SWANTON — Ron Kilburn made his final presentation as the Swanton Historical Society’s president Monday evening — and then he, himself, became a part of Swanton history.

He stepped outside of the Railroad Depot Museum, across from the bridge that begins Swanton’s rec path on South River Street, and unwrapped a massive present: a new sign for the museum.

Henceforth, the historical society’s museum is the Ronald F. Kilburn Transportation Museum. 

Swanton officials approved a resolution naming the museum for Kilburn in honor of his decades of work as the community’s de facto historian.

Kilburn was, in fact, a charter member of the historical society, its first president in 1984. 

But then Kilburn became a county judge, appointed to the bench around the same time. He didn’t return to the historical society for 13 years. 

His return precipitated what have become the historical society’s defining achievements, beginning by moving the historic railroad depot from Depot Street to its present location on the museum site in 1998.

The historical society then moved the 100-year-old railroad caboose from Maquam Shore, and rescued the Missisquoi Bay tollhouse from West Swanton. 

Finally, the society transplanted the West Milton truss bridge to replace Swanton’s covered railroad bridge across the Missisquoi River between 2008-2009. 

Swanton’s recreation path, a project former town administrator Dick Thompson spearheaded, now begins at the bridge. 

Kilburn summarized his work with the historical society in his characteristically modest fashion.

“We moved things that were subject to potential destruction,” Kilburn said. 

“It’s not a common way to preserve historic structures. But sometimes it’s the best way.”

Kilburn also summarized the historical society’s achievements in his final presentation, delivered Monday evening, before he learned about the sign. 

He titled the presentation “Swanton on the Move.” And Kilburn said he couldn’t have done it without the technical assistance of Jason Barney, his replacement as the Swanton Historical Society’s president.

Barney is a Missisquoi Valley Union social studies teacher. He previously served as the historical society’s secretary, and on the society’s board of trustees.

Kilburn said Barney is “a delight to work with.”

Kilburn said he was reluctant to resign from his position as president because no one, in recent years, had volunteered to replace him.

“I didn’t want to abandon ship,” Kilburn said.

But in Kilburn’s opinion, Barney is precisely who the society needs.

“He’s a credit to himself and our community,” Kilburn said. “I’m so encouraged.”

Barney describes himself with modesty comparable to Kilburn’s.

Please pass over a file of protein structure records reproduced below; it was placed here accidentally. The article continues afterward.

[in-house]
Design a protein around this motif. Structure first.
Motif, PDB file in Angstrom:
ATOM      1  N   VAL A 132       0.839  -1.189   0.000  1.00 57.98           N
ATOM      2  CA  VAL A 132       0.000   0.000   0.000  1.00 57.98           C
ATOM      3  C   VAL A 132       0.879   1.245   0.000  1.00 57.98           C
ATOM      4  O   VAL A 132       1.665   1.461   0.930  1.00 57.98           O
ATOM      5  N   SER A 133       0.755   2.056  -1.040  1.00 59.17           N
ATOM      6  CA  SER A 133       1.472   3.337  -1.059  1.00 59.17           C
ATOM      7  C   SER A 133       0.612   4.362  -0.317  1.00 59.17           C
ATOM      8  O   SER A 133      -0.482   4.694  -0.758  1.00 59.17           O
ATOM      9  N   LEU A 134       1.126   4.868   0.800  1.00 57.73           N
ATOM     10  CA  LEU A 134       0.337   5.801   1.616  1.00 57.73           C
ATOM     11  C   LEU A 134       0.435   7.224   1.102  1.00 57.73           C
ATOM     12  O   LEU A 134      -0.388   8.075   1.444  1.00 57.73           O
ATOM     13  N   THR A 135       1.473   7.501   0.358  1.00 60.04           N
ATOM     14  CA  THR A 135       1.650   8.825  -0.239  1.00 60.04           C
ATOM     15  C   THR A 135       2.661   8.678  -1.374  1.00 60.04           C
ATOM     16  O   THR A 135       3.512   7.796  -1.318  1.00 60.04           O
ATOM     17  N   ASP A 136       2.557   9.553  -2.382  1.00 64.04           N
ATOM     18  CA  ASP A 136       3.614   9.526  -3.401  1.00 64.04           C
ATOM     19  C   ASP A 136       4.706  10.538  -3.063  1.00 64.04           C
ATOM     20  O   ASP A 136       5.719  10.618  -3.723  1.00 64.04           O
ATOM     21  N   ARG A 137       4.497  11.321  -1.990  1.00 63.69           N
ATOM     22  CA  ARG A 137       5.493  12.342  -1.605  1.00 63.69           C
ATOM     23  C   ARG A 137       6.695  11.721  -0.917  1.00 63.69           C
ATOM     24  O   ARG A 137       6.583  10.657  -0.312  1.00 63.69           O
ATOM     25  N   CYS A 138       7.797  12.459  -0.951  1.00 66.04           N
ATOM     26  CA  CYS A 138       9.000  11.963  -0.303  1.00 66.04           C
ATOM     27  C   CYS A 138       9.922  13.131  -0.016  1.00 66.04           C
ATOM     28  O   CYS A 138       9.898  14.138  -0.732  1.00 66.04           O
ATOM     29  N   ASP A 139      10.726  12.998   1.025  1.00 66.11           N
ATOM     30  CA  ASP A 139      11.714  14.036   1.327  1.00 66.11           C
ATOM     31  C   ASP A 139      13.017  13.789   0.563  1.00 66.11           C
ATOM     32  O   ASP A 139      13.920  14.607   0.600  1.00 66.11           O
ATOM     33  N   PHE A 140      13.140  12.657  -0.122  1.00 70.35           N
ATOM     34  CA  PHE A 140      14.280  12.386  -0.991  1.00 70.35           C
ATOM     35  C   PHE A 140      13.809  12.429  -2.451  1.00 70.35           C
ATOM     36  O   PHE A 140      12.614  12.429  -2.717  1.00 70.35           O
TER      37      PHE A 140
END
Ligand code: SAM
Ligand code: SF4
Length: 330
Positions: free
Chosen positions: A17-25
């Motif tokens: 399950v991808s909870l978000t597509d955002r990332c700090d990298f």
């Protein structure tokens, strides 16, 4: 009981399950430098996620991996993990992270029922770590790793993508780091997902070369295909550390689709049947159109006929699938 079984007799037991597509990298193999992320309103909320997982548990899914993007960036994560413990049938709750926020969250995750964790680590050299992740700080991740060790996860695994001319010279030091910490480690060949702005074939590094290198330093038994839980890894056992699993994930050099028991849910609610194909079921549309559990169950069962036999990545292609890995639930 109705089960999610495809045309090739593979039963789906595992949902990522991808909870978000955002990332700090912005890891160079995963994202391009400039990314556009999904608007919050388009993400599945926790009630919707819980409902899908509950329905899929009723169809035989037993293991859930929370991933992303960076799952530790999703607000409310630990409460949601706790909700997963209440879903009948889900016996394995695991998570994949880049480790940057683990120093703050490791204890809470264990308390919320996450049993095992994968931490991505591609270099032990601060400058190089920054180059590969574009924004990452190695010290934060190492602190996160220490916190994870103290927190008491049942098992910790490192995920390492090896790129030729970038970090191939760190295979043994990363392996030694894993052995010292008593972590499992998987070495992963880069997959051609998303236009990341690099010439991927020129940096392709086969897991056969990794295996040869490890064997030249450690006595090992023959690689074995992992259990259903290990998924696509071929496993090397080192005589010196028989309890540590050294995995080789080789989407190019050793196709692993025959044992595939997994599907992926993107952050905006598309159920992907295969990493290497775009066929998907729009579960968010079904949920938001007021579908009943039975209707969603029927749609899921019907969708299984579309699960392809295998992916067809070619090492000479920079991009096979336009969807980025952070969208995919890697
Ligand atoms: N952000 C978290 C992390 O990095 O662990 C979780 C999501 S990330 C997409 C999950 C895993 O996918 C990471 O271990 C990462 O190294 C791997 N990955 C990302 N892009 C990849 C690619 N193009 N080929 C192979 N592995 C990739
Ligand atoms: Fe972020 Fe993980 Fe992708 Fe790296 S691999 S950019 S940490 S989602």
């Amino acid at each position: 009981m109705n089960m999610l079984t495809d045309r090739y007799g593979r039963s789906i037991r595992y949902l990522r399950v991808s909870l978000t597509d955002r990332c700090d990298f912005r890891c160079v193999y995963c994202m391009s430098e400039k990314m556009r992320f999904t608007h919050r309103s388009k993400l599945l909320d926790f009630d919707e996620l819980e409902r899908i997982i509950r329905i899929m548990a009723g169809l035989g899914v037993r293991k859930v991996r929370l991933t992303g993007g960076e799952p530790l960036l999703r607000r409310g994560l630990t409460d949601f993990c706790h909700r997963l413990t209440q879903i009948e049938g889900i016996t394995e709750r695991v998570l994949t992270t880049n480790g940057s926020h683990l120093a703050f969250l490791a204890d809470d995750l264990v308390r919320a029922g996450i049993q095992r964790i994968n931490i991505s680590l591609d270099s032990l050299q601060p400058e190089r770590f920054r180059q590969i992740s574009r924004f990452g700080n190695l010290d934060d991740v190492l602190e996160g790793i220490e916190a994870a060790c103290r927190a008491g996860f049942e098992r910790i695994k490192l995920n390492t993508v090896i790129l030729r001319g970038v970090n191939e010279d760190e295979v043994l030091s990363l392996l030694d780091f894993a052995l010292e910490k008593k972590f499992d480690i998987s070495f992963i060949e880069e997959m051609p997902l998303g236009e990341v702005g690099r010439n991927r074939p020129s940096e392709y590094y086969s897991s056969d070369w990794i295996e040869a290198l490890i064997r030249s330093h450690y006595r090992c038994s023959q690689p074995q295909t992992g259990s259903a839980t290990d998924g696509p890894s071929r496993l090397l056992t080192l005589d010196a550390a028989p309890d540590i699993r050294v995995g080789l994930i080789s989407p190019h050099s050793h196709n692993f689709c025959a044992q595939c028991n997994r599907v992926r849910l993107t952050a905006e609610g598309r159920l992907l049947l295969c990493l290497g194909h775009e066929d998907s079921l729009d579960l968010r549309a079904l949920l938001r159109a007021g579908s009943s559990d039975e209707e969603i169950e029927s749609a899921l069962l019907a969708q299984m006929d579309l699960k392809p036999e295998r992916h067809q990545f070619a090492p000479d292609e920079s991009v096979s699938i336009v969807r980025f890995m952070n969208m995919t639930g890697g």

When it comes to his role as the society’s president, Barney said, “It’s just making sure we’re taking care of what we have.” 

Not that Barney isn’t thinking beyond maintenance. He said he will be vigilant in keeping an eye out for Swanton historical collectibles or relics, and that it’s possible the museum could, in the not so distant future, expand.

That means more than physical expansion, though. Barney said the historical society is focused on attracting younger members, starting with an increased social media presence.

Barney’s experience and skill as a teacher might come in handy there.

“I have seen him in action,” Kilburn said, reverently recalling Barney leading his students through the society’s museum.

“He’s a kind person,” Kilburn said. “A thoughtful listener. 

“And he has a sense of humor, which helps. He does have that.”

An occasionally mischievous sense of humor, as it turns out. Barney was in on the plan to “clandestinely store” the museum’s new sign in its basement, then to draw it out and set the sign outside while Kilburn gave his final presentation.

Barney speaks of Kilburn with equal respect. 

This past Father’s Day, Kilburn called him to ask for help vetting the presentation and making sure the project was set up. That didn’t surprise Barney, who noted Kilburn still spends much of his time making sure the depot’s lawn is mowed, and overseeing the facility’s maintenance.

Barney said Kilburn initially intimidated him, that the former judge spoke with the clarity and power of, well, a former judge.

Kilburn has “all of his ducks in a row” when he speaks, Barney said, well aware of his points and thoughts before he even opens his mouth. 

Barney said Kilburn is also “insistent on getting things done.”

If Barney were put in the position Kilburn formerly occupied, that of a judge, Barney’s findings of fact when it comes to the historical society might be a little different.

“The success of the railroad museum,” Barney said, “is largely due to Ron.”

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